It was Yogi Berra who once said to trust your instincts, to keep trying, and most importantly, act.
It was Yogi Berra who once said to trust your instincts, to keep trying, and most importantly, act. For years, I have been traveling to the southeast corner of West Virginia, exploring its many one-lane roads and scenic byways and taking in all that the Mountain State had to offer. The desire to wanderlust was just too great.
Places like the old Sweet Springs School was evocative of that feeling. Nestled back on a farm with Moss Mountain looming in the background, the four-room schoolhouse had not been used in years.
Several years ago, I ventured inside and found it was packed with treasure from years past. Old school books, adding machines, and furnishings were scattered. After the school closed, it was used as storage for the farm.
Around the bend, along the Virginia state line, lay the closed Sweet Springs Resort. Sweet Springs was a springs resort, sanatorium, hospital, and nursing home in rural eastern West Virginia. In use from 1833 until 1993, the complex was host to Martin Van Buren, Pierce, Fillmore, among many others, and was the subject of the documentary “Return to Old Sweet.”
The resort came about in the early 1800s when its reported healing waters attracted city-dwellers from Washington D.C. and other nearby towns who would make the journey to the remote area via train and buggy. Doctors claimed the waters cured everything from arthritis to depression. By 1833, Sweet Springs Resort had been founded.
In 1839, a 90,000 square-foot building, designed by William B. Phillips, was constructed. Local lore claims the building was designed by Jefferson, although no notes from Jefferson’s meticulous records mentioned Sweet Springs.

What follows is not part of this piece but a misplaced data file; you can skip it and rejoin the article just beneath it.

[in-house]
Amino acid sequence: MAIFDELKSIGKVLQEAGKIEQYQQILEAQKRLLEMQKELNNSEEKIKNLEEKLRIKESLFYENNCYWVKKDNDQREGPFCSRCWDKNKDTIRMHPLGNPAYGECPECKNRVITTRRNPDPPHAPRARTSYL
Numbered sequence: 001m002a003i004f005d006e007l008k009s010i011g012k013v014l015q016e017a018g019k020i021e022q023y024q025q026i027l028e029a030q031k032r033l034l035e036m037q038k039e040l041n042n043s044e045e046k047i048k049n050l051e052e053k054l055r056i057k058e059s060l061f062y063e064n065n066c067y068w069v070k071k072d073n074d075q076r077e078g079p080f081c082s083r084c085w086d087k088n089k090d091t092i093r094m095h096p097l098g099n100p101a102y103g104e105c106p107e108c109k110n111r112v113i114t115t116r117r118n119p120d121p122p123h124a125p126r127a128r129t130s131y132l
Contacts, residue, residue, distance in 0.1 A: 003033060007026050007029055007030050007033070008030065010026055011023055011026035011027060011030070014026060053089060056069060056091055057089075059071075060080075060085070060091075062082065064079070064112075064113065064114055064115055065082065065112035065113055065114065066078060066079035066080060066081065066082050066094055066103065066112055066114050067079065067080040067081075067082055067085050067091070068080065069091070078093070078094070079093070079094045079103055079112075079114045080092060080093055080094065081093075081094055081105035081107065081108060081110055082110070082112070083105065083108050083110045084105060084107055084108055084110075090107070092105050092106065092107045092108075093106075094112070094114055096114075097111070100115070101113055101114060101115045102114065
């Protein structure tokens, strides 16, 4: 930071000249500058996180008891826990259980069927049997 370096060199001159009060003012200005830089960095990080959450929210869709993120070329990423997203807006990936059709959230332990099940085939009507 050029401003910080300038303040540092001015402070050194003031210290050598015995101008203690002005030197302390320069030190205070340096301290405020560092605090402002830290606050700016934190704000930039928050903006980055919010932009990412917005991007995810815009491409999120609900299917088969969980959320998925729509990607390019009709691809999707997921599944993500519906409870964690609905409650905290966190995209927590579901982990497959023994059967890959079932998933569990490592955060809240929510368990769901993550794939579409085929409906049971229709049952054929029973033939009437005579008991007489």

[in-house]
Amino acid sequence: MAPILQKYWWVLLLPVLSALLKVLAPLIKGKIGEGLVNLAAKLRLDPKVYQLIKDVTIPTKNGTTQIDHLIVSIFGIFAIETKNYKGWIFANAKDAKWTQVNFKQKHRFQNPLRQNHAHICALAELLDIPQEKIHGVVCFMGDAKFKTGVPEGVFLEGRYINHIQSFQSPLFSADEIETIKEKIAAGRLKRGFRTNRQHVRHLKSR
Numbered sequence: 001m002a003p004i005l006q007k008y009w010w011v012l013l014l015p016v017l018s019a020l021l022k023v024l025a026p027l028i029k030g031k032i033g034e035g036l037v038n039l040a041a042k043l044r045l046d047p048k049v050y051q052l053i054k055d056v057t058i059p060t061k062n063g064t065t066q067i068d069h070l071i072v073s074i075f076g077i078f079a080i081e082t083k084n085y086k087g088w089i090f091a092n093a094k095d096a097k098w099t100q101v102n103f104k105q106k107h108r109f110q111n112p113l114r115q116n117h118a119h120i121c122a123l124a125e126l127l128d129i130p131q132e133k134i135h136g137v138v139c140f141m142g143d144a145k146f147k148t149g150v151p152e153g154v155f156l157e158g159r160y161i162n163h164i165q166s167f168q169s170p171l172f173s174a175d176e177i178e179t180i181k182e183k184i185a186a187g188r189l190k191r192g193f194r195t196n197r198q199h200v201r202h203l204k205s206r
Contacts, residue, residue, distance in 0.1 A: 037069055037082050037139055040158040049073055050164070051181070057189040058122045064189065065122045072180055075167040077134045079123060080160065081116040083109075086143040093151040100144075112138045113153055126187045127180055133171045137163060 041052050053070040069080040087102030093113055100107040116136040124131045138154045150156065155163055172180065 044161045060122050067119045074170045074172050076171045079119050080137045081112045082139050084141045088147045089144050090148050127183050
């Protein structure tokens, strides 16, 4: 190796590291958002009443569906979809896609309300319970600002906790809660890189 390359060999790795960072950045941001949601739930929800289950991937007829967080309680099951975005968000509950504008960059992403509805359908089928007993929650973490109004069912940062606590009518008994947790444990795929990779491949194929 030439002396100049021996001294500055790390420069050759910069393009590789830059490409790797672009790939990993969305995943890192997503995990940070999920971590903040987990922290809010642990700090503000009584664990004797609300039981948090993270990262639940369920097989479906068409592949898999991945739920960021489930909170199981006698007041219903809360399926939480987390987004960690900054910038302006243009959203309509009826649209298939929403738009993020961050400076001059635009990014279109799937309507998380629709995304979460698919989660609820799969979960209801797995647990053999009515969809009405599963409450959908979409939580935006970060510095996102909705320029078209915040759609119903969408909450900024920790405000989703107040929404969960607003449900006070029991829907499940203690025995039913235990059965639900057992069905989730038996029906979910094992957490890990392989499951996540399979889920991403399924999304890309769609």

Over the years, five brick guest cottages were constructed, along with a ballroom, a brick bathhouse, and several slave cottages. The guest cottages became known as the “Five Sisters” and were developed by General John Echols, Senator Allen Taylor Caperton, and Oliver Bierne in 1852. The cabins were planned to be built in a semi-circular plan, but only half were ever completed.
Sweet Springs did not operate during the Civil War, and it struggled to regain its popularity afterward. It closed for several years, beginning in 1928, and went into receivership in 1930. The then-685 acre resort was sold to the state as a tuberculosis sanitarium in 1941. After tuberculosis became more manageable and cases dropped, the complex was converted into the Andrew Rowan Memorial Home for the elderly.
Two three-story dormitories, designed by Henry Elden & Associates and constructed by the Kuhn Construction Company, were completed in 1974. The Andrew Rowan Memorial Home closed in 1993. The state gave the property to Monroe County, which planned to convert the property into an addiction treatment facility. The county borrowed $1.3 million from the Bank of White Sulphur Springs, although the plan never came to fruition. The county defaulted on the loan.
The West Virginia Division of Culture and History designated Sweet Springs, one of West Virginia’s most valuable and endangered historic resources in 2005. Vacant and deteriorating, the Division was concerned with the spring house, which was in a state of collapse.